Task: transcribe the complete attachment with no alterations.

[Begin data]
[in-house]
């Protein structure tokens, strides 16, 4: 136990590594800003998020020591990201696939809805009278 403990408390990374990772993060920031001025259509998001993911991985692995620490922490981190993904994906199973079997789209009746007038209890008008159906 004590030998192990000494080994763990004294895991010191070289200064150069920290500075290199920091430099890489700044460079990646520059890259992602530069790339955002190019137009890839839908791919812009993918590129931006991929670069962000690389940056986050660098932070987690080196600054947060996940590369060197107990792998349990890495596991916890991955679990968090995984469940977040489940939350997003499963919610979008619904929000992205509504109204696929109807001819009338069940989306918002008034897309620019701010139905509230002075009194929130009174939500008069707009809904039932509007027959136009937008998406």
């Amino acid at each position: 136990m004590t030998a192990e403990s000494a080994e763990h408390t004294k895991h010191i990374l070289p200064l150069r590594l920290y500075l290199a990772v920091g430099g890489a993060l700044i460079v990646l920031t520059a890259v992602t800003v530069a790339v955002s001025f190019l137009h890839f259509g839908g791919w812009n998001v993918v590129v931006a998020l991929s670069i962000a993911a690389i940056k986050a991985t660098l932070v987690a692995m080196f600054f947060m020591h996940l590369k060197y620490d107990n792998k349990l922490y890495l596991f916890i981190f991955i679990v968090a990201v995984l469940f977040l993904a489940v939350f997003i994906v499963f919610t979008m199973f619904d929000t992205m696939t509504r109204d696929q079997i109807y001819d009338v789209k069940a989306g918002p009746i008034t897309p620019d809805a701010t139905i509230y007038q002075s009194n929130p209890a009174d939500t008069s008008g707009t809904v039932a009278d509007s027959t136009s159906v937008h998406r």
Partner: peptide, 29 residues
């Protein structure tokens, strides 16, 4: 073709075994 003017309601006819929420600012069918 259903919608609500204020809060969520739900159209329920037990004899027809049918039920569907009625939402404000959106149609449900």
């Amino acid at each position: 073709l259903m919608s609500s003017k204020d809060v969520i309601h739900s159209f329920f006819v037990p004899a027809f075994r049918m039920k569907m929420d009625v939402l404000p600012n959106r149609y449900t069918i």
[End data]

[in-house]
């Protein structure tokens, strides 16, 4: 136990590594800003998020020591990201696939809805009278 403990408390990374990772993060920031001025259509998001993911991985692995620490922490981190993904994906199973079997789209009746007038209890008008159906 004590030998192990000494080994763990004294895991010191070289200064150069920290500075290199920091430099890489700044460079990646520059890259992602530069790339955002190019137009890839839908791919812009993918590129931006991929670069962000690389940056986050660098932070987690080196600054947060996940590369060197107990792998349990890495596991916890991955679990968090995984469940977040489940939350997003499963919610979008619904929000992205509504109204696929109807001819009338069940989306918002008034897309620019701010139905509230002075009194929130009174939500008069707009809904039932509007027959136009937008998406």
């Amino acid at each position: 136990m004590t030998a192990e403990s000494a080994e763990h408390t004294k895991h010191i990374l070289p200064l150069r590594l920290y500075l290199a990772v920091g430099g890489a993060l700044i460079v990646l920031t520059a890259v992602t800003v530069a790339v955002s001025f190019l137009h890839f259509g839908g791919w812009n998001v993918v590129v931006a998020l991929s670069i962000a993911a690389i940056k986050a991985t660098l932070v987690a692995m080196f600054f947060m020591h996940l590369k060197y620490d107990n792998k349990l922490y890495l596991f916890i981190f991955i679990v968090a990201v995984l469940f977040l993904a489940v939350f997003i994906v499963f919610t979008m199973f619904d929000t992205m696939t509504r109204d696929q079997i109807y001819d009338v789209k069940a989306g918002p009746i008034t897309p620019d809805a701010t139905i509230y007038q002075s009194n929130p209890a009174d939500t008069s008008g707009t809904v039932a009278d509007s027959t136009s159906v937008h998406r």
Partner: peptide, 29 residues
């Protein structure tokens, strides 16, 4: 073709075994 003017309601006819929420600012069918 259903919608609500204020809060969520739900159209329920037990004899027809049918039920569907009625939402404000959106149609449900």
């Amino acid at each position: 073709l259903m919608s609500s003017k204020d809060v969520i309601h739900s159209f329920f006819v037990p004899a027809f075994r049918m039920k569907m929420d009625v939402l404000p600012n959106r149609y449900t069918i």